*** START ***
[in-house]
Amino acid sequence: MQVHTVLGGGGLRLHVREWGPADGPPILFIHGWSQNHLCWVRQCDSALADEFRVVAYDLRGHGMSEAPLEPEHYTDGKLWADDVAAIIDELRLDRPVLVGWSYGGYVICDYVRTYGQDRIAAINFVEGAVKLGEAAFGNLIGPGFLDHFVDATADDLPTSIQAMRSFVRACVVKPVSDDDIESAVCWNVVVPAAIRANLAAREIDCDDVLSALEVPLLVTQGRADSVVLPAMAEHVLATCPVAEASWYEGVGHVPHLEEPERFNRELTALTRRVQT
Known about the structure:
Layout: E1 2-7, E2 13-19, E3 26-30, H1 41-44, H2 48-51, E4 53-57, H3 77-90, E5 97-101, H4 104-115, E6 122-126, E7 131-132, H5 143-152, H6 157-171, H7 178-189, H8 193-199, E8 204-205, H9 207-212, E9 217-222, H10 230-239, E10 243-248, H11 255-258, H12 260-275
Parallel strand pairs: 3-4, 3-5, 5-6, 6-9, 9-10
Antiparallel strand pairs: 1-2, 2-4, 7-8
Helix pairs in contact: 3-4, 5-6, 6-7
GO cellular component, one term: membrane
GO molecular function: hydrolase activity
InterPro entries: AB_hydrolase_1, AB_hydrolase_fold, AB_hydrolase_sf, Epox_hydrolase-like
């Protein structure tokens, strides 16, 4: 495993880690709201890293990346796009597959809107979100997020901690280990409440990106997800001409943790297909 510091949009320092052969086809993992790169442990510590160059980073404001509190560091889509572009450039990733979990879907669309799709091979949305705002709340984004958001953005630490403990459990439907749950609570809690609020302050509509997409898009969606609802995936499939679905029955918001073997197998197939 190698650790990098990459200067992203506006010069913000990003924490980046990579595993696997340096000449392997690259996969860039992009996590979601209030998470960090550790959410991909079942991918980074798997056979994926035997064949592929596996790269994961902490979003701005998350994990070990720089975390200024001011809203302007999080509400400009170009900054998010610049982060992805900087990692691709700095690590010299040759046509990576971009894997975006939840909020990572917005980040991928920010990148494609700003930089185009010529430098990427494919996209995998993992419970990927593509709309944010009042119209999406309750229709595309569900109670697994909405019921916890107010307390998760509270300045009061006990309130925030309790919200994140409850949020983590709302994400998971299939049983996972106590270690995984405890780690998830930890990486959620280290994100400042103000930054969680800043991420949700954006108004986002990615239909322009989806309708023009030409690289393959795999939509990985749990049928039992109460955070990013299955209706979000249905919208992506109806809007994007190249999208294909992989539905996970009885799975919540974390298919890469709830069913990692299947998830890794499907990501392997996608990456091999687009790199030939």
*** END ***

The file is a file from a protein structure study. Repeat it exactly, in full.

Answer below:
[in-house]
Amino acid sequence: MQVHTVLGGGGLRLHVREWGPADGPPILFIHGWSQNHLCWVRQCDSALADEFRVVAYDLRGHGMSEAPLEPEHYTDGKLWADDVAAIIDELRLDRPVLVGWSYGGYVICDYVRTYGQDRIAAINFVEGAVKLGEAAFGNLIGPGFLDHFVDATADDLPTSIQAMRSFVRACVVKPVSDDDIESAVCWNVVVPAAIRANLAAREIDCDDVLSALEVPLLVTQGRADSVVLPAMAEHVLATCPVAEASWYEGVGHVPHLEEPERFNRELTALTRRVQT
Known about the structure:
Layout: E1 2-7, E2 13-19, E3 26-30, H1 41-44, H2 48-51, E4 53-57, H3 77-90, E5 97-101, H4 104-115, E6 122-126, E7 131-132, H5 143-152, H6 157-171, H7 178-189, H8 193-199, E8 204-205, H9 207-212, E9 217-222, H10 230-239, E10 243-248, H11 255-258, H12 260-275
Parallel strand pairs: 3-4, 3-5, 5-6, 6-9, 9-10
Antiparallel strand pairs: 1-2, 2-4, 7-8
Helix pairs in contact: 3-4, 5-6, 6-7
GO cellular component, one term: membrane
GO molecular function: hydrolase activity
InterPro entries: AB_hydrolase_1, AB_hydrolase_fold, AB_hydrolase_sf, Epox_hydrolase-like
């Protein structure tokens, strides 16, 4: 495993880690709201890293990346796009597959809107979100997020901690280990409440990106997800001409943790297909 510091949009320092052969086809993992790169442990510590160059980073404001509190560091889509572009450039990733979990879907669309799709091979949305705002709340984004958001953005630490403990459990439907749950609570809690609020302050509509997409898009969606609802995936499939679905029955918001073997197998197939 190698650790990098990459200067992203506006010069913000990003924490980046990579595993696997340096000449392997690259996969860039992009996590979601209030998470960090550790959410991909079942991918980074798997056979994926035997064949592929596996790269994961902490979003701005998350994990070990720089975390200024001011809203302007999080509400400009170009900054998010610049982060992805900087990692691709700095690590010299040759046509990576971009894997975006939840909020990572917005980040991928920010990148494609700003930089185009010529430098990427494919996209995998993992419970990927593509709309944010009042119209999406309750229709595309569900109670697994909405019921916890107010307390998760509270300045009061006990309130925030309790919200994140409850949020983590709302994400998971299939049983996972106590270690995984405890780690998830930890990486959620280290994100400042103000930054969680800043991420949700954006108004986002990615239909322009989806309708023009030409690289393959795999939509990985749990049928039992109460955070990013299955209706979000249905919208992506109806809007994007190249999208294909992989539905996970009885799975919540974390298919890469709830069913990692299947998830890794499907990501392997996608990456091999687009790199030939």